Home World News Manchester students 'felt caged like animals' by metal fences

Manchester students 'felt caged like animals' by metal fences

Manchester students 'felt caged like animals' by metal fences

A group of students from the University of Manchester stated in an interview on GMB this morning that they feel like they are trapped in their accommodation.

Metal fences were erected on the Fallowfield campus on Thursday as a “security measure” to “prevent households from mixing”.

Students in the halls subsequently protested Thursday evening and tore down the barriers, leading to an apology from the university and the permanent removal of the fences.

Speaking to hosts Piers Morgan and Susanna Reid, three students explained why they reacted the way they did

“I found out the morning I was walking around campus and I wasn’t sure why they were there. I wasn’t sure they locked us up,” Izzy Smitheman said on the morning news broadcast.

“I’ve seen on social media that they completely surround buildings with only small gates to let people in and out.”

The university said the fences were intended in response to “a number of concerns” about safety and security, particularly those who access the site and are non-residents.

But Izzy told Piers and Susanna that the barriers instead made students feel “trapped” on campus.

“We had asked for more security – unwanted people had come in the evening, but I have trouble seeing how the fences would help,” she said.

“People can still go on campus.

“You see a lot of students wanting to go home, but they didn’t allow the students to break their rental agreements and come back later, which would mean paying for an empty room.

Manchester students 'felt caged like animals' by metal fences 1

“There are a lot of people who feel trapped here.”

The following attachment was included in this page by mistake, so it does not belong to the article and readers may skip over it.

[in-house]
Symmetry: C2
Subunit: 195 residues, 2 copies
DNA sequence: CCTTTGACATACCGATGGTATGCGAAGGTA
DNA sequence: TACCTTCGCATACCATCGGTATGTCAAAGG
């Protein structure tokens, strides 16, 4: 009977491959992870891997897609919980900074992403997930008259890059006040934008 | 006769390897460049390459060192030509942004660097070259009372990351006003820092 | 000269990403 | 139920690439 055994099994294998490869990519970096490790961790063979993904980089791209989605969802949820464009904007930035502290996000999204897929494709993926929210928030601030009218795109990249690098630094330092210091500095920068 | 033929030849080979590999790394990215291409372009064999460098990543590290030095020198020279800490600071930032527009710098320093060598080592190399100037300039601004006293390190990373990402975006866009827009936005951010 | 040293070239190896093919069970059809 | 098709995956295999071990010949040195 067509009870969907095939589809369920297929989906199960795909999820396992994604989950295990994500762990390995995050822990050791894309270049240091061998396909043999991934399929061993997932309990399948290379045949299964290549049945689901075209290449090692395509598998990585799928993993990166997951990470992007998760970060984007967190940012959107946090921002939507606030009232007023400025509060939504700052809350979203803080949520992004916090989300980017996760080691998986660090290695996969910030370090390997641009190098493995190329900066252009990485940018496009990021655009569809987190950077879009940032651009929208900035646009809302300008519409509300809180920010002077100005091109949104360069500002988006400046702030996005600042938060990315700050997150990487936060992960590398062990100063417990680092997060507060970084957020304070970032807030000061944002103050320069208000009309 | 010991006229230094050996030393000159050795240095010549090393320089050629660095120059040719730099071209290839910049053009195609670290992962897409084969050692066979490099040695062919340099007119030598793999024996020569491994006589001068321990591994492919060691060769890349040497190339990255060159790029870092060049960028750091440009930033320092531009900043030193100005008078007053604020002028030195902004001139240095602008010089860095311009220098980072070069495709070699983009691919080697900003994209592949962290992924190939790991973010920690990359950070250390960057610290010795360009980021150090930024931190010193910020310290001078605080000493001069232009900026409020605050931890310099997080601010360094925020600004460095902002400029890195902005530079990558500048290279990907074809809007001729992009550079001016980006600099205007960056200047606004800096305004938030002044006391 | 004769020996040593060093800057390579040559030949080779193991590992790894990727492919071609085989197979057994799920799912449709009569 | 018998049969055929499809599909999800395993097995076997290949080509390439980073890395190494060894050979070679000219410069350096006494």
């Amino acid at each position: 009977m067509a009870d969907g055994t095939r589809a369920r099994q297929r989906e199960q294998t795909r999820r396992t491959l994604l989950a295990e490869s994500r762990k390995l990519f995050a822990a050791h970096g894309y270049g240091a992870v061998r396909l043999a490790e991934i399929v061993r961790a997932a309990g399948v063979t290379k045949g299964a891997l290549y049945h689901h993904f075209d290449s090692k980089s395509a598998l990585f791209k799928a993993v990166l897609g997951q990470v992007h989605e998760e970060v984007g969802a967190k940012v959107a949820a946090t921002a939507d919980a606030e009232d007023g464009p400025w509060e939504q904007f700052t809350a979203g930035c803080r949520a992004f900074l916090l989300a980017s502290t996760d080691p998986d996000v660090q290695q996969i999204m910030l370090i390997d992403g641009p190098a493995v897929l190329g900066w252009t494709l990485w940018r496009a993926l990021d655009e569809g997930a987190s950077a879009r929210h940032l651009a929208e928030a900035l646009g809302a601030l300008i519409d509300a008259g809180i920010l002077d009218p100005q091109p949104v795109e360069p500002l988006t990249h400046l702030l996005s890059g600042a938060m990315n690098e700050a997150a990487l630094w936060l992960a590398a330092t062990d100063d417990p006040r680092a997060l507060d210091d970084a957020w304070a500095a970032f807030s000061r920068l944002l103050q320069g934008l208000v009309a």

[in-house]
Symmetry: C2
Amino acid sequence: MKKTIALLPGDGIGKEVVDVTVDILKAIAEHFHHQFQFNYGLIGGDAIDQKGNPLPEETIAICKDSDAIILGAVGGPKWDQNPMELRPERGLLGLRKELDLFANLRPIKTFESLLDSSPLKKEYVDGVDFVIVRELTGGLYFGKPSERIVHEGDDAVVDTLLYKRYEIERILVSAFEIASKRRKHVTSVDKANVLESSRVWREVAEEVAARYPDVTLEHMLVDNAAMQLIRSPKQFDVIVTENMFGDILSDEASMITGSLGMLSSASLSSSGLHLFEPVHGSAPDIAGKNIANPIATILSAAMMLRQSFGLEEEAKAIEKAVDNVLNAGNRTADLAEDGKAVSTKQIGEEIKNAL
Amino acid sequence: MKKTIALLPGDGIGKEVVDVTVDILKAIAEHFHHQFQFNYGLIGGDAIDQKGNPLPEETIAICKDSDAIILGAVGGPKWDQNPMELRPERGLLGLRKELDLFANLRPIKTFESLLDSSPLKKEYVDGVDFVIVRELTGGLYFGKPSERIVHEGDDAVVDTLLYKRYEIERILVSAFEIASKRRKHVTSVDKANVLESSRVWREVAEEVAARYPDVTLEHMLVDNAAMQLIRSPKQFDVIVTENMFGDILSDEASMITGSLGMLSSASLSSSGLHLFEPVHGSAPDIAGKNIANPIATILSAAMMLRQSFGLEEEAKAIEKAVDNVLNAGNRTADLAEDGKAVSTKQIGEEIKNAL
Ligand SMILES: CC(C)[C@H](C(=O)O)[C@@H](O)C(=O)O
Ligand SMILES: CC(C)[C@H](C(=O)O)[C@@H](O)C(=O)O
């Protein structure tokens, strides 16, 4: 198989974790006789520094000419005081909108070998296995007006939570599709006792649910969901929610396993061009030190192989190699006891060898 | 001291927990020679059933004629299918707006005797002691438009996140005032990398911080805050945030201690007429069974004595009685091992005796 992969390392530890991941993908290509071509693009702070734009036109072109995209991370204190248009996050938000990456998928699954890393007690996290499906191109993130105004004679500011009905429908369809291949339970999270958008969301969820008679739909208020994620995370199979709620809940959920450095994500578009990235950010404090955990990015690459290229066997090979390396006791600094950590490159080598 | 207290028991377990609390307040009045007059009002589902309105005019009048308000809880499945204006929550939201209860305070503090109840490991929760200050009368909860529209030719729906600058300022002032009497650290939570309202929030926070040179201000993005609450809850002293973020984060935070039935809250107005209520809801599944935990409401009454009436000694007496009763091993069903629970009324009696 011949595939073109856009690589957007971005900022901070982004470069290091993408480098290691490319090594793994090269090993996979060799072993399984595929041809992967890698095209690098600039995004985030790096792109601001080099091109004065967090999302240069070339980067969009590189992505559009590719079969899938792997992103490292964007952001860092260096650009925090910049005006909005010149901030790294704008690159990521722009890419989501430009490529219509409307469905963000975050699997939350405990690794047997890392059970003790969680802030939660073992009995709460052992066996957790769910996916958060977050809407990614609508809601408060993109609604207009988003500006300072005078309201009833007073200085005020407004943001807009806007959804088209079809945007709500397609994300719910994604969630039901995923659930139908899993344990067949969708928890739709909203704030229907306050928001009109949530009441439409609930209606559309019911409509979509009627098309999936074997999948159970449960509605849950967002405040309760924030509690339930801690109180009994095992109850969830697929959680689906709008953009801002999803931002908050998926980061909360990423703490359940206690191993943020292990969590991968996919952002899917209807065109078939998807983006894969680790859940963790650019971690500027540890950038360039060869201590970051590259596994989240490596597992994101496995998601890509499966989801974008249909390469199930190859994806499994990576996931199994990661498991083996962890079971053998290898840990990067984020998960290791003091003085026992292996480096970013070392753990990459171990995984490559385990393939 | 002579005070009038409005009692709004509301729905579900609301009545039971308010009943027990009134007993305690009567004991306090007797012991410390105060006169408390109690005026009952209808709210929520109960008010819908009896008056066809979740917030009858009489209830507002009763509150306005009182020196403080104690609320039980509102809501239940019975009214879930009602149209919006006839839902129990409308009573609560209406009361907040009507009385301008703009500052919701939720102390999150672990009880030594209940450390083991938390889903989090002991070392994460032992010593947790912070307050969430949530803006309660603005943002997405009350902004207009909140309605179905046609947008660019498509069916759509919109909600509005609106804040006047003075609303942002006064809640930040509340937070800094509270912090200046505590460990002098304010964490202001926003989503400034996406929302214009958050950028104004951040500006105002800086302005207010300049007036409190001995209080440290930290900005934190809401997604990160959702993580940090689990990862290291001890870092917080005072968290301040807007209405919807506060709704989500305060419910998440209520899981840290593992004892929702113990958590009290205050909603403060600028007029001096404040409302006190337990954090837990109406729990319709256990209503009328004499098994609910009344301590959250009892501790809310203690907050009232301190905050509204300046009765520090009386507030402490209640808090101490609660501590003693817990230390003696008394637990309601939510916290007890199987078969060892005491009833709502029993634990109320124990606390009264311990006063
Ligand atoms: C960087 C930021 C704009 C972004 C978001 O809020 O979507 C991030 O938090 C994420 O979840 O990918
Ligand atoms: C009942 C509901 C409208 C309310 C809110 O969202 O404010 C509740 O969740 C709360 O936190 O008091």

Amy Charlton, another student at the university, said that many people felt “like animals locked in” there.

“Even people who aren’t afraid will feel tense and nervous about it. They feel trapped,” she said.

As part of the security measures, fences with controls on the way in and between the blocks were erected outside the campus.

While they did not prevent students from entering or leaving campus, they prevented passage between the various hall blocks.

Piers pushed on, saying, “Universities are supposed to be the best time of your life, which is party central, with a little work, you have a great time, you socialize, none of it happens the way it should be you trapped in your home.

“It must have been such a blow for you all.”

Molly Harcourt, who was sitting next to her fellow student Amy, gave her perspective on the situation.

“It is really difficult to move away from home, not see our normal friends and family, meet new people and then not make the university clear to us or communicate so well why they are doing what they have done,” she said.

“It’s hard to figure out what to do.

“It’s really weird to wake up to see fences around your house.

“We didn’t have an email at this point as to why, so it was just confusion that caused a lot of trouble and I think it could have been dealt with much more clearly.”

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Dame Nancy Rothwell, Vice Chancellor of the University of Manchester, responded to the controversy: “I sincerely apologize for the concern and hardship caused by the construction of a fence around our current Fallowfield residences. This was not our intention – on the contrary.

“The fencing was intended in response to a number of concerns raised by staff and students on this website over the past few weeks about the safety and security of non-residents. It was never intended to be attended by students Prevent entering leaving the site.

“The fences will be dismantled from Friday morning and the students will be contacted immediately. Alternative security measures, including additional security patrols, are being put in place.

“I apologize once again for the problems this incident caused.”




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